Profanities, rugby legends, autism, blue badges and cycle routes are some of the things you’ve been talking about on our letters page today.
X-Factor is breaking my heart!
R Kimble, Hawksworth
I have just inadvertently caught a snippet of X Factor at the moment some young man with a daft haircut has announced he is going to sing Cecilia “a song by The Vamps”. This song is not a Vamps song it is a Simon & Garfunkel song, just like Hallelujah is a Leonard Cohen sing and not an Alexandra Burke song, as I have heard one “contestant” state. Why can’t ordon’t these people check a song’s credentials before singing it ? Why, also, do the judges not challenge such misconceptions?
I watched clips from this show because I’ve seen reports on BT News items that it has improved. Not so. We get the same old stories from contestants : I was bullied at school ; I’ve got self-esteem issues; I’ve got confidence issues I want to live the dream and not stack shelves . What is this attitude to hard working people?
Profanities will become the norm
John Wainwright, by email
I AM not as bothered by occasional swearing as A Hague (letters Aug 30), but one thing which does depress me is the lack of variety.
Most young people these days only appear to know one swear word which they use incesssntly - every other sentence they utter being punctuated by effing this and effing that.
Worse still if/when these people become parents their offspring will inherit their casual profanity as if it is normal.
Farewell to MISTER Jepson
Tony Winstanley, Castleford
It was with great sadness that I read of the passing of the greatest ambassador Rugby League has ever had.
Harry Jepson was the secretary of the Hunslet schools rugby teams in the 1960s when I was attending Middleton secondary school.
I was fortunate enough to be selectad to play for the Hunslet schools team and Mr Jepson was always there encouraging the youngsters of South Leeds of whom he was always so proud. Many many years later I met him whille shopping in Rothwell and I was absolutely staggerd when we not only discussed those days but without been propmted he remembered my name.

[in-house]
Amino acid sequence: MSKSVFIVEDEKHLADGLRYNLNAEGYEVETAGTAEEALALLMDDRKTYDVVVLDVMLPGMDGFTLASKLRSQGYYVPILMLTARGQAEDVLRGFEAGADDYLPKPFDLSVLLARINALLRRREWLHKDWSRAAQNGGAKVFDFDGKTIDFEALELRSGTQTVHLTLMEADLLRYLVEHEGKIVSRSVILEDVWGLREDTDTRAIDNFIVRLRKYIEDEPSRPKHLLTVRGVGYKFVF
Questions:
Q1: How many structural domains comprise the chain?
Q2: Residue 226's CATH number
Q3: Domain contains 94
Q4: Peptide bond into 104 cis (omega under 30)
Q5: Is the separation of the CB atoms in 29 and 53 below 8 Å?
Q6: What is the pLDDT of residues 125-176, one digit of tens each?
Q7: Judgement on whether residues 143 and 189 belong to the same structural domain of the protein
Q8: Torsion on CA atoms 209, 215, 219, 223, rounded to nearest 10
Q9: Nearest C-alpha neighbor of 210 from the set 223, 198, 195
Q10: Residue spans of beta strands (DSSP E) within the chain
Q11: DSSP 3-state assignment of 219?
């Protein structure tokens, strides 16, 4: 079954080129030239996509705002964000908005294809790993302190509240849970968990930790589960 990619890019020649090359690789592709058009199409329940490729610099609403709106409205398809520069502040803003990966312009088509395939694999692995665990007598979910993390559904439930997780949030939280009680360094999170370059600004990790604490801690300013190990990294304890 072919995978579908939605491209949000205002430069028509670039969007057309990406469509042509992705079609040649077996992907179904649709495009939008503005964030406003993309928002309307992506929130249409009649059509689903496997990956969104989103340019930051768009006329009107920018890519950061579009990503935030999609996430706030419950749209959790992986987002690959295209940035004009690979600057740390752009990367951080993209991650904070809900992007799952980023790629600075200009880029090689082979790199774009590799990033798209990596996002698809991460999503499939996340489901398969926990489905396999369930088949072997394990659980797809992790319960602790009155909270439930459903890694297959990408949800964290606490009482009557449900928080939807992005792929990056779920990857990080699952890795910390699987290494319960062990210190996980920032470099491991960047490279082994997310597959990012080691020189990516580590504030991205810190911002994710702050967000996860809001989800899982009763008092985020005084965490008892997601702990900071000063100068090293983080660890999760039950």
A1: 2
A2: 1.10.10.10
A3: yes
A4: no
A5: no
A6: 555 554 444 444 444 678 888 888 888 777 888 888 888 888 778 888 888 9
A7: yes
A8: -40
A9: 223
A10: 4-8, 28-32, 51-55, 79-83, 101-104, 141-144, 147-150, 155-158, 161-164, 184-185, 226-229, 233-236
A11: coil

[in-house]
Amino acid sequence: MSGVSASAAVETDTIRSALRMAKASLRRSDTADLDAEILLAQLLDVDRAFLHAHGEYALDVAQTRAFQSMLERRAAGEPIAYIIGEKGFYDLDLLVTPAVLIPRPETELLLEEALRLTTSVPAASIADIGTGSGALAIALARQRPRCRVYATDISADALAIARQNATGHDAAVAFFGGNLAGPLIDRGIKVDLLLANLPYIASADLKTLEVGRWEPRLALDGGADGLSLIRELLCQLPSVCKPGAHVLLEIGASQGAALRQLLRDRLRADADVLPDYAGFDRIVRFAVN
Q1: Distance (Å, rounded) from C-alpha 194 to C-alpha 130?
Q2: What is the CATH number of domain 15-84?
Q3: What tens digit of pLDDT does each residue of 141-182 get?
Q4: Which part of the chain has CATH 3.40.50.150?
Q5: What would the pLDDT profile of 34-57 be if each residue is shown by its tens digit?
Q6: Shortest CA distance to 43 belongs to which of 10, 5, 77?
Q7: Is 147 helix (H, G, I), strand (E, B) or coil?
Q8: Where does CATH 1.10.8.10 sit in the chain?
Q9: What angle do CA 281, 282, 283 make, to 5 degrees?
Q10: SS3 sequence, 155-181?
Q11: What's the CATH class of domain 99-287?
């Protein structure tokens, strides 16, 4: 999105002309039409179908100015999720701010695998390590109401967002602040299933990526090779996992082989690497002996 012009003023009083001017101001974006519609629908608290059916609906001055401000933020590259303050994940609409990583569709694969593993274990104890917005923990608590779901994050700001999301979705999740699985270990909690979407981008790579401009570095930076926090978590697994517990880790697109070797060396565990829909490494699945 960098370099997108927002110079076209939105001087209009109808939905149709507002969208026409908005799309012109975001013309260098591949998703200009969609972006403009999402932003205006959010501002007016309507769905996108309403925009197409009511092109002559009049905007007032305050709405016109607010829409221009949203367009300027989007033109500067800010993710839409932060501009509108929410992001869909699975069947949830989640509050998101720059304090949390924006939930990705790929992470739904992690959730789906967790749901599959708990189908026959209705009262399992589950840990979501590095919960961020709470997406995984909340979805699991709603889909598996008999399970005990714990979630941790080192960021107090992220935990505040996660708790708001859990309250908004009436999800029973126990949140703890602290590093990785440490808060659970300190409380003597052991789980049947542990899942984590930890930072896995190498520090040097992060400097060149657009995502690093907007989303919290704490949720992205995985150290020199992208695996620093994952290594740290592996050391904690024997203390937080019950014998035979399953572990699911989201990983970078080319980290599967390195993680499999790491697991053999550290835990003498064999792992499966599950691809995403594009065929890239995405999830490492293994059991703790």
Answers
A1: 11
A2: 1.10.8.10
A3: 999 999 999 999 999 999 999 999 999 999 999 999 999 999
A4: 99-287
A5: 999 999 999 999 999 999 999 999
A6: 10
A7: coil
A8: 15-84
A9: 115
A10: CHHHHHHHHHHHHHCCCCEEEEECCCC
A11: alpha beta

I read recently that Gary Schofield said that having known Harry Jepson from schooldays you would forever address him as MISTER Jepson.
That is exactly how I addressed him that day. To hundreds of south Leeds schoolboys he will always be MISTER Jepson. R.I.P. Slr. And Hunslet WILL sweep the seas again.
Have you downloaded the free YEP app available on Android and iphone?
Wait is too long for diagnosis
Jaimes Lewis Moran, by email
In response to recent news about the NHS failing to diagnose Autistic people, or to be exact younger children (despite their pledge to do otherwise) it’s worth noting that these failings are more than likely down to never-ending cuts to essential services, central Government constantly demonising doctors, nurses and experts, or worse new legislation that demands foreign students go home immediately after their courses end.
Also, speaking from experience I too know what it’s like to ‘need’ a diagnosis; in my case it took a many number of months to achieve.
It’s worth mentioning too that I was only diagnosed with Aspergers in 2015, AND I’m twenty two years old!
To make matters worse, throughout four years of college not a single tutor was aware or indeed noticed my quite obvious Autistic mannerisms.
Flood defence or cycle routes?
Kevin Brook, by email
Let’s think about it Flood defences or new Cycle routes. It’s a no brainer
Asking the right questions
D Angood, by email
As a long standing opponent and critic of the super cycle highway I have to take Coun Lewis to task over some of his positives for the project.
First he states it did not cost £30m only £21m, then says the Government contributed £18m and the remaining £11m from WYCA and Leeds and Bradford.